In the Stage 2 analysis of Study 1, the median PFS was 26.7 months in the GAZYVA arm and 14.9 months in the rituximab arm with a median observation time of 18.7 months (HR: 0.42, 95% CI: 0.33-0.54, p-value <0.0001). These results were assessed by independent review and are consistent with investigator-assessed PFS. Minimal Residual Disease (MRD) was evaluated using allele-specific oligonucleotide polymerase chain reaction (ASO-PCR). The cutoff for a negative status was one CLL cell per 104 leukocytes in the sample (i.e., an MRD value of <10-4 was considered negative). Among patients who achieved complete response (CR) and complete response with incomplete marrow recovery (CRi) (94 patients in the GAZYVA arm and 34 patients in the rituximab arm), 18 patients (19%) had negative MRD in the bone marrow in the GAZYVA arm compared to 2 patients (6%) in the rituximab arm. Out of the patients who achieved CR and CRi, 39 patients (41%) in the GAZYVA arm and 4 patients (12%) in the rituximab arm were MRD negative in peripheral blood samples collected at least 3 months after the end of treatment.

    Efficacy results are shown in Table 7, and the Kaplan-Meier curves for Stage 1a Overall Survival and Stage 2 PFS are shown in Figures 1 and 2, respectively.

    Table 7 Efficacy Results for Study 1
    Endpoint Stage 1 of Study 1 Stage 2 of Study 1
    GAZYVA + Chlorambucil* Chlorambucil GAZYVA + Chlorambucil* Rituximab + Chlorambucil
    n = 238 n = 118 n = 333 n = 330
    *
    All Stage 1 GClb patients (n = 238) were included in the Stage 2 GClb population (n = 333).
    As defined by independent review. Investigator-assessed PFS was consistent with data from independent review.
    Defined as best overall response rate (ORR = CR + CRi +PR + nPR).
    Median Progression-Free Survival 27.2 months 11.2 months 26.7 months 14.9 months
    (HR 0.19 [0.14; 0.27], p-value < 0.0001 stratified log-rank test) (HR 0.42 [0.33; 0.54], p-value < 0.0001 stratified log-rank test)
    Overall Response Rate 78.2% 33.1% 79.6% 66.3%
      Complete Response 28.2% 0 26.1% 8.8%
      Complete Response with Incomplete Marrow Recovery 2.5% 1.7% 2.1% 1.5%
      Partial Response 45.0% 30.5% 48.6% 54.1%
      Nodular Partial Response 2.5% 0.8% 2.7% 1.8%
    Median Duration of Response 22.4 months 4.7 months 19.6 months 9.7 months
    Overall Survival HR 0.41 [0.23; 0.74], Not Yet Mature
    Figure 1
    Kaplan-Meier Curve of Overall Survival in Patients with CLL in Study 1 (Stage 1)
    Figure 1
    Figure 2
    Kaplan-Meier Curve of Progression-Free Survival in Patients with CLL in Study 1 (Stage 2)
    Figure 2
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  • 16 HOW SUPPLIED/STORAGE AND HANDLING

    16.1 How Supplied/Storage

    GAZYVA 1000 mg/40 mL (25 mg/mL) single-use vials containing preservative-free solution (NDC 50242-070-01) are stable at 2°C to 8°C (36°F to 46°F). Do not use beyond expiration date stamped on carton. GAZYVA vials should be protected from light. DO NOT FREEZE. DO NOT SHAKE.

    For the diluted product, chemical and physical stability have been demonstrated in 0.9% NaCl at concentrations of 0.4 mg/mL to 20 mg/mL for 24 hours at 2°C to 8°C (36°F to 46°F) followed by 48 hours (including infusion time) at room temperature (≤ 30°C/86°F). GAZYVA does not contain antimicrobial preservatives. Therefore, care must be taken to ensure that the solution for infusion is not microbiologically compromised during preparation. The solution for infusion should be used immediately. If not used immediately, the prepared solution may be stored up to 24 hours at 2 to 8°C. No incompatibilities between GAZYVA and polyvinyl chloride or polyolefin infusion materials have been observed in concentration ranges from 0.4 mg/mL to 20.0 mg/mL after dilution of GAZYVA with 0.9% sodium chloride.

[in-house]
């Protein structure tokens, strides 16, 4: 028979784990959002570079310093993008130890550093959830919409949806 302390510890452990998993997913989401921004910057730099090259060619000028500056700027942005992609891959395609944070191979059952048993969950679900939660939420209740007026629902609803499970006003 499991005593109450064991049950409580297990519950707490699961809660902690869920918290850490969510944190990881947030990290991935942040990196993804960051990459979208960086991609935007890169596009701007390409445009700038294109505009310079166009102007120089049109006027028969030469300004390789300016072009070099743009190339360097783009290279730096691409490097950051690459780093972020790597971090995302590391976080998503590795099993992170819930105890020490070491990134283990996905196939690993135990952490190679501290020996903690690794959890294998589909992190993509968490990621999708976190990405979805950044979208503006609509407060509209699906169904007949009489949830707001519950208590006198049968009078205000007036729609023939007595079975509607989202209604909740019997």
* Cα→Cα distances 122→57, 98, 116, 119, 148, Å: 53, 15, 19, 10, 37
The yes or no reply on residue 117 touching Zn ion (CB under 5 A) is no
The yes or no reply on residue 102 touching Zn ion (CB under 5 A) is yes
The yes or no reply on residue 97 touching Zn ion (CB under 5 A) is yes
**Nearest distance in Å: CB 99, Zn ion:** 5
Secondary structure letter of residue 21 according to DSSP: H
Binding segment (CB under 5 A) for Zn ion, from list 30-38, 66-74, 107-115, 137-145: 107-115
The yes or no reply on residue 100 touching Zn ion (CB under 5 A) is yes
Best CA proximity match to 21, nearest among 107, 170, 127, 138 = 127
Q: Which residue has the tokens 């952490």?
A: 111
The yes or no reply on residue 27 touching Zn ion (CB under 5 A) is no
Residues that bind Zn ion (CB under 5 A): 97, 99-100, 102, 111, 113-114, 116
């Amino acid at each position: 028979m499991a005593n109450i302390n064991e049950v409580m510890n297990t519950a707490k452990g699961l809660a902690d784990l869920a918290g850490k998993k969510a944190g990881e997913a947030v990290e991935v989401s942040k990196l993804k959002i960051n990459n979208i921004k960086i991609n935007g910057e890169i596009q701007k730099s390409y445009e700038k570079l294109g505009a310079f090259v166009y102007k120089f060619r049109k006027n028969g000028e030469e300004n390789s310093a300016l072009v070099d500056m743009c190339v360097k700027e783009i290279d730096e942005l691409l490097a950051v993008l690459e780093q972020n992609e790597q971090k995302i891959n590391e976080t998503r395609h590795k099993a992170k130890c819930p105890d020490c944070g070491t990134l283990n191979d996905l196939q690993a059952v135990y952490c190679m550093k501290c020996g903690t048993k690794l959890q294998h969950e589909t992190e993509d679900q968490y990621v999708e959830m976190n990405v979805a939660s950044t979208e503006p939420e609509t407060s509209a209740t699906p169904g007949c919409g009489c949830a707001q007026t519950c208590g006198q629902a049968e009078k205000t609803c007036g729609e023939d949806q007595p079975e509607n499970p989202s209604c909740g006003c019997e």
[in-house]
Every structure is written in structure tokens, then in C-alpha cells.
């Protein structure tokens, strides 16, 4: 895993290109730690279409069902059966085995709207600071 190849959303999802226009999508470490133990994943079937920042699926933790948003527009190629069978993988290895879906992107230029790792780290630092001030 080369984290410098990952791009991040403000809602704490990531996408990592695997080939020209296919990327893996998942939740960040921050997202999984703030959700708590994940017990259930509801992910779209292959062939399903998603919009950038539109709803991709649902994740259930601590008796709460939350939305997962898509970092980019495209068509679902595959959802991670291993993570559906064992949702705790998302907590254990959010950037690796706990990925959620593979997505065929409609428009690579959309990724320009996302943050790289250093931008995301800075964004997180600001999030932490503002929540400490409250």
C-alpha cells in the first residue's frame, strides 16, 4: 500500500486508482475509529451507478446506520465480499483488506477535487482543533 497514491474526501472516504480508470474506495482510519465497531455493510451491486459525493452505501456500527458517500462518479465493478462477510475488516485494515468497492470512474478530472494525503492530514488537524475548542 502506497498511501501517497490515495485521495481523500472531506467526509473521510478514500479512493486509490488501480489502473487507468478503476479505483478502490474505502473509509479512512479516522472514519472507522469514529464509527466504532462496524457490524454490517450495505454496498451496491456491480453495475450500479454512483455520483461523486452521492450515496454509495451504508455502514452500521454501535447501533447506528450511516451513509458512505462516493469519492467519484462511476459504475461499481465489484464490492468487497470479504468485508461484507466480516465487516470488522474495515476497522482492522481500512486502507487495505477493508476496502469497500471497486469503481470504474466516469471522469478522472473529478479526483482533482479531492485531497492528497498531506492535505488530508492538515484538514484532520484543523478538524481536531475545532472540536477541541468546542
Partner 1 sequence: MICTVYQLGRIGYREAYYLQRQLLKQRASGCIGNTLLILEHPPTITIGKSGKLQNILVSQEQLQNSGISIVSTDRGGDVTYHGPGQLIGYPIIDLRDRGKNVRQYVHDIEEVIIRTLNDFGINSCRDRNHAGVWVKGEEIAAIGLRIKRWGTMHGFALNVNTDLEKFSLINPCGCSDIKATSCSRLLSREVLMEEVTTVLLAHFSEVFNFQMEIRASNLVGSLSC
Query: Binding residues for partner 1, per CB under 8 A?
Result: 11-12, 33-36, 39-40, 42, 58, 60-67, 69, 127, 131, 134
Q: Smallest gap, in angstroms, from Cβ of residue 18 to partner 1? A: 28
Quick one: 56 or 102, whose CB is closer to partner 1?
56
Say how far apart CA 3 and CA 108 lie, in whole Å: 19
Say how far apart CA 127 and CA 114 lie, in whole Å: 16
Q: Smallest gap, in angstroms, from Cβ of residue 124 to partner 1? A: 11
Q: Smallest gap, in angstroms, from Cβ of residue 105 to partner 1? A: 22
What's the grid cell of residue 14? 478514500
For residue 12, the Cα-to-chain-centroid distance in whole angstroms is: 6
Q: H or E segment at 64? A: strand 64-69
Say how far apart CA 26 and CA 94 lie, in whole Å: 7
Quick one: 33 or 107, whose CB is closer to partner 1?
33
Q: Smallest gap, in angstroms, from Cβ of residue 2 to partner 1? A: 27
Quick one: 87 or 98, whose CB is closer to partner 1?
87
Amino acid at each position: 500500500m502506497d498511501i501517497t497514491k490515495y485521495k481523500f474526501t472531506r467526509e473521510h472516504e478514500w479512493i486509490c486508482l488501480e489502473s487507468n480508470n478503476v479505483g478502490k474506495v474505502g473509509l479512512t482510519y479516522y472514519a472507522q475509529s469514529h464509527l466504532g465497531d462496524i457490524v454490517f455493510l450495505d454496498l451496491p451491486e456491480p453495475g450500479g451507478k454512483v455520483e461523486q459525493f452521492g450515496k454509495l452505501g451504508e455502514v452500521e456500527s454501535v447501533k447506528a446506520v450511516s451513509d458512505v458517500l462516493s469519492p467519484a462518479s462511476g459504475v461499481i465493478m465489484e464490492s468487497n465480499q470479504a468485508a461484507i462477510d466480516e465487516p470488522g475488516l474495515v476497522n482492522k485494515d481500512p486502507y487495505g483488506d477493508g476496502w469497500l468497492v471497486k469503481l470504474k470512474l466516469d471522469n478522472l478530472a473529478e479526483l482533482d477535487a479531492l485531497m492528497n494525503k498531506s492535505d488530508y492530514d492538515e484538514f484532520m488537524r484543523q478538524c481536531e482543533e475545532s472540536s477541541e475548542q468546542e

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  • 17 PATIENT COUNSELING INFORMATION

    Advise patients to seek immediate medical attention for any of the following:

    Advise patients of the need for:

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  • SPL UNCLASSIFIED SECTION

    GAZYVA® (obinutuzumab)

    Manufactured by:
    Genentech, Inc.
    A Member of the Roche Group
    South San Francisco, CA 94080-4990
    U.S. License No. 1048

    GAZYVA is a registered trademark of Genentech, Inc.
    © 2014 Genentech, Inc.

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  • SPL UNCLASSIFIED SECTION

    Representative sample of labeling (see the HOW SUPPLIED section for complete listing):

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  • PRINCIPAL DISPLAY PANEL - 40 mL Vial Carton

    NDC 50242-070-01

    Gazyva
    (obinutuzumab)
    Injection

    1000 mg/40 mL
    (25 mg/mL)

    For Intravenous Infusion After Dilution.
    Single-Use Vial. Discard Unused Portion.

    No preservative.

    Rx only

    1 vial

    Genentech

    10150233

    Principal Display Panel - 40 mL Vial Carton
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  • INGREDIENTS AND APPEARANCE
    GAZYVA 
    obinutuzumab injection, solution, concentrate
    Product Information
    Product Type HUMAN PRESCRIPTION DRUG LABEL Item Code (Source) NDC:50242-070
    Route of Administration INTRAVENOUS DEA Schedule     
    Active Ingredient/Active Moiety
    Ingredient Name Basis of Strength Strength
    OBINUTUZUMAB (OBINUTUZUMAB) OBINUTUZUMAB 1000 mg  in 40 mL
    Inactive Ingredients
    Ingredient Name Strength
    HISTIDINE  
    HISTIDINE MONOHYDROCHLORIDE MONOHYDRATE  
    TREHALOSE DIHYDRATE  
    POLOXAMER 188  
    WATER  
    Packaging
    # Item Code Package Description Marketing Start Date Marketing End Date
    1 NDC:50242-070-01 1 in 1 CARTON
    1 40 mL in 1 VIAL, SINGLE-USE; Combination Product Type = C112160
    Marketing Information
    Marketing Category Application Number or Monograph Citation Marketing Start Date Marketing End Date
    BLA BLA125486 11/01/2013
    Labeler - Genentech, Inc. (080129000)
    Establishment
    Name Address ID/FEI Business Operations
    Roche Diagnostics GmbH 315028860 MANUFACTURE(50242-070), ANALYSIS(50242-070)
    Establishment
    Name Address ID/FEI Business Operations
    F. Hoffmann-La Roche Ltd 485244961 LABEL(50242-070), PACK(50242-070)
    Establishment
    Name Address ID/FEI Business Operations
    Roche Diagnostics GmbH 323105205 API MANUFACTURE(50242-070)